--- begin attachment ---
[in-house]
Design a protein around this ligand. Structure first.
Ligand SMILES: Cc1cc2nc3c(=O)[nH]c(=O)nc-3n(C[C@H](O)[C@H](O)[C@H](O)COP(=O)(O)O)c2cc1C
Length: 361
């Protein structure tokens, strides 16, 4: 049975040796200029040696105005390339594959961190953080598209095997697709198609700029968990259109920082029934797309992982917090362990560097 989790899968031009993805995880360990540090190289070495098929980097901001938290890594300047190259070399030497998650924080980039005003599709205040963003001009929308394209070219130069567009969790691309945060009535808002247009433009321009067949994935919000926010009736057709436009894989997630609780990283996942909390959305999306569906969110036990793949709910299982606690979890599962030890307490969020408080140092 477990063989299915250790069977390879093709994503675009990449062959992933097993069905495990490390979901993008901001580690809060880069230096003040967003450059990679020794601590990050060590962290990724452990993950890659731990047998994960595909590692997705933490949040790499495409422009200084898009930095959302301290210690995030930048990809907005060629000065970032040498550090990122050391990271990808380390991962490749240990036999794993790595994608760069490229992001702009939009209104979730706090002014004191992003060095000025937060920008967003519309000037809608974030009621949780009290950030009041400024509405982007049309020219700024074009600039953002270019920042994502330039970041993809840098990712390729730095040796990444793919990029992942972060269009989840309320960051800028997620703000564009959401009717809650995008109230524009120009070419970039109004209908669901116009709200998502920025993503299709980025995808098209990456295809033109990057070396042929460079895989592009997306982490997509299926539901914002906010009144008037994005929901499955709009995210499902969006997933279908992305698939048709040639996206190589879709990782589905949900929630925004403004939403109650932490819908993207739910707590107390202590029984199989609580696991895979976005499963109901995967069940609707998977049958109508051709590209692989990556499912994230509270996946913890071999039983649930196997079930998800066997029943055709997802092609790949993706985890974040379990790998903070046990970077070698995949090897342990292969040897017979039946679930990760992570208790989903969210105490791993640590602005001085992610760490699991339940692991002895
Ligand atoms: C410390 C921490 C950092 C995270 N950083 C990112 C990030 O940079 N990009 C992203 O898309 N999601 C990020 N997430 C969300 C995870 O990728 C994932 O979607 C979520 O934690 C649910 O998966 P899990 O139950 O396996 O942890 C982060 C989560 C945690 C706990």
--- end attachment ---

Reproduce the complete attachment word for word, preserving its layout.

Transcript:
[in-house]
Design a protein around this ligand. Structure first.
Ligand SMILES: Cc1cc2nc3c(=O)[nH]c(=O)nc-3n(C[C@H](O)[C@H](O)[C@H](O)COP(=O)(O)O)c2cc1C
Length: 361
């Protein structure tokens, strides 16, 4: 049975040796200029040696105005390339594959961190953080598209095997697709198609700029968990259109920082029934797309992982917090362990560097 989790899968031009993805995880360990540090190289070495098929980097901001938290890594300047190259070399030497998650924080980039005003599709205040963003001009929308394209070219130069567009969790691309945060009535808002247009433009321009067949994935919000926010009736057709436009894989997630609780990283996942909390959305999306569906969110036990793949709910299982606690979890599962030890307490969020408080140092 477990063989299915250790069977390879093709994503675009990449062959992933097993069905495990490390979901993008901001580690809060880069230096003040967003450059990679020794601590990050060590962290990724452990993950890659731990047998994960595909590692997705933490949040790499495409422009200084898009930095959302301290210690995030930048990809907005060629000065970032040498550090990122050391990271990808380390991962490749240990036999794993790595994608760069490229992001702009939009209104979730706090002014004191992003060095000025937060920008967003519309000037809608974030009621949780009290950030009041400024509405982007049309020219700024074009600039953002270019920042994502330039970041993809840098990712390729730095040796990444793919990029992942972060269009989840309320960051800028997620703000564009959401009717809650995008109230524009120009070419970039109004209908669901116009709200998502920025993503299709980025995808098209990456295809033109990057070396042929460079895989592009997306982490997509299926539901914002906010009144008037994005929901499955709009995210499902969006997933279908992305698939048709040639996206190589879709990782589905949900929630925004403004939403109650932490819908993207739910707590107390202590029984199989609580696991895979976005499963109901995967069940609707998977049958109508051709590209692989990556499912994230509270996946913890071999039983649930196997079930998800066997029943055709997802092609790949993706985890974040379990790998903070046990970077070698995949090897342990292969040897017979039946679930990760992570208790989903969210105490791993640590602005001085992610760490699991339940692991002895
Ligand atoms: C410390 C921490 C950092 C995270 N950083 C990112 C990030 O940079 N990009 C992203 O898309 N999601 C990020 N997430 C969300 C995870 O990728 C994932 O979607 C979520 O934690 C649910 O998966 P899990 O139950 O396996 O942890 C982060 C989560 C945690 C706990």